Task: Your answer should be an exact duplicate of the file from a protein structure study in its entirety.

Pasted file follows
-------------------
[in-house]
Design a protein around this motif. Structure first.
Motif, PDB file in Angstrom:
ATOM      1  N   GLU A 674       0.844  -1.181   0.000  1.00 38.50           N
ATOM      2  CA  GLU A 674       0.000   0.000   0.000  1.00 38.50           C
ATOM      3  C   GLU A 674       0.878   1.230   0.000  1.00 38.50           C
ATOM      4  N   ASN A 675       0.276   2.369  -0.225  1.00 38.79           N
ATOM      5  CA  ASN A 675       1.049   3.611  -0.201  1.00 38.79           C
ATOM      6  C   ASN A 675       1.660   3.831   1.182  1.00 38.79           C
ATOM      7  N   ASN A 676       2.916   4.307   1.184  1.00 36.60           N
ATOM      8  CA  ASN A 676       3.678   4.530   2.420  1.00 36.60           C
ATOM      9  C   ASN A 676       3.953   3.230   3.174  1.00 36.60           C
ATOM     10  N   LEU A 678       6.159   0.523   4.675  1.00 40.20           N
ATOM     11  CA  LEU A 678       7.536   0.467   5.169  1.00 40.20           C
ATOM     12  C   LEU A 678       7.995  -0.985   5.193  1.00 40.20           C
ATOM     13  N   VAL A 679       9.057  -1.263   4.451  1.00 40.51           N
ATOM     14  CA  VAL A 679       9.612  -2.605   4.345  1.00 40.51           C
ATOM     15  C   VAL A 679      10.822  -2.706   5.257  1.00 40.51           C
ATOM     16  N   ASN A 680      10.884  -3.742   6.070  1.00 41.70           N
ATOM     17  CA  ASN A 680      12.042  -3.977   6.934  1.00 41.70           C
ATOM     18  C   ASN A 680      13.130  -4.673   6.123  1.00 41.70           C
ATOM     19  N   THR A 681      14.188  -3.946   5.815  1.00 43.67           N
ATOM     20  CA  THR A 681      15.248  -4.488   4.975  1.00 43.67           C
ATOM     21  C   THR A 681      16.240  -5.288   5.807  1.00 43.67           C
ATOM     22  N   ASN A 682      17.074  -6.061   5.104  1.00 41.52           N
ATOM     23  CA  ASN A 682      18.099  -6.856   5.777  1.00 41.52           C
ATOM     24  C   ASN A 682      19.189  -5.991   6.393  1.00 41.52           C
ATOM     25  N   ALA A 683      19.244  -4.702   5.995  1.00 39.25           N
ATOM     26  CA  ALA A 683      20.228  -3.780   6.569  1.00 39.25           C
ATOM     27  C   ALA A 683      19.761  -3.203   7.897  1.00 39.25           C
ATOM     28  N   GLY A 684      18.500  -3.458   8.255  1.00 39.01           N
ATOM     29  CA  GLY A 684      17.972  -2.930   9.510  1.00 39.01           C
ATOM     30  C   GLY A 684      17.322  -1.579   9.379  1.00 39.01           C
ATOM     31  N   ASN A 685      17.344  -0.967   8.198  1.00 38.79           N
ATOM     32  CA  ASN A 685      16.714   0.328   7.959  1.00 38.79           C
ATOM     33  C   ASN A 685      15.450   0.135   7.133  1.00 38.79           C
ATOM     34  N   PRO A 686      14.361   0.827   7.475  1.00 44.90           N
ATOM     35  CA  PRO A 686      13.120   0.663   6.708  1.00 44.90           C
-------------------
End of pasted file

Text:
[in-house]
Design a protein around this motif. Structure first.
Motif, PDB file in Angstrom:
ATOM      1  N   GLU A 674       0.844  -1.181   0.000  1.00 38.50           N
ATOM      2  CA  GLU A 674       0.000   0.000   0.000  1.00 38.50           C
ATOM      3  C   GLU A 674       0.878   1.230   0.000  1.00 38.50           C
ATOM      4  N   ASN A 675       0.276   2.369  -0.225  1.00 38.79           N
ATOM      5  CA  ASN A 675       1.049   3.611  -0.201  1.00 38.79           C
ATOM      6  C   ASN A 675       1.660   3.831   1.182  1.00 38.79           C
ATOM      7  N   ASN A 676       2.916   4.307   1.184  1.00 36.60           N
ATOM      8  CA  ASN A 676       3.678   4.530   2.420  1.00 36.60           C
ATOM      9  C   ASN A 676       3.953   3.230   3.174  1.00 36.60           C
ATOM     10  N   LEU A 678       6.159   0.523   4.675  1.00 40.20           N
ATOM     11  CA  LEU A 678       7.536   0.467   5.169  1.00 40.20           C
ATOM     12  C   LEU A 678       7.995  -0.985   5.193  1.00 40.20           C
ATOM     13  N   VAL A 679       9.057  -1.263   4.451  1.00 40.51           N
ATOM     14  CA  VAL A 679       9.612  -2.605   4.345  1.00 40.51           C
ATOM     15  C   VAL A 679      10.822  -2.706   5.257  1.00 40.51           C
ATOM     16  N   ASN A 680      10.884  -3.742   6.070  1.00 41.70           N
ATOM     17  CA  ASN A 680      12.042  -3.977   6.934  1.00 41.70           C
ATOM     18  C   ASN A 680      13.130  -4.673   6.123  1.00 41.70           C
ATOM     19  N   THR A 681      14.188  -3.946   5.815  1.00 43.67           N
ATOM     20  CA  THR A 681      15.248  -4.488   4.975  1.00 43.67           C
ATOM     21  C   THR A 681      16.240  -5.288   5.807  1.00 43.67           C
ATOM     22  N   ASN A 682      17.074  -6.061   5.104  1.00 41.52           N
ATOM     23  CA  ASN A 682      18.099  -6.856   5.777  1.00 41.52           C
ATOM     24  C   ASN A 682      19.189  -5.991   6.393  1.00 41.52           C
ATOM     25  N   ALA A 683      19.244  -4.702   5.995  1.00 39.25           N
ATOM     26  CA  ALA A 683      20.228  -3.780   6.569  1.00 39.25           C
ATOM     27  C   ALA A 683      19.761  -3.203   7.897  1.00 39.25           C
ATOM     28  N   GLY A 684      18.500  -3.458   8.255  1.00 39.01           N
ATOM     29  CA  GLY A 684      17.972  -2.930   9.510  1.00 39.01           C
ATOM     30  C   GLY A 684      17.322  -1.579   9.379  1.00 39.01           C
ATOM     31  N   ASN A 685      17.344  -0.967   8.198  1.00 38.79           N
ATOM     32  CA  ASN A 685      16.714   0.328   7.959  1.00 38.79           C
ATOM     33  C   ASN A 685      15.450   0.135   7.133  1.00 38.79           C
ATOM     34  N   PRO A 686      14.361   0.827   7.475  1.00 44.90           N
ATOM     35  CA  PRO A 686      13.120   0.663   6.708  1.00 44.90           C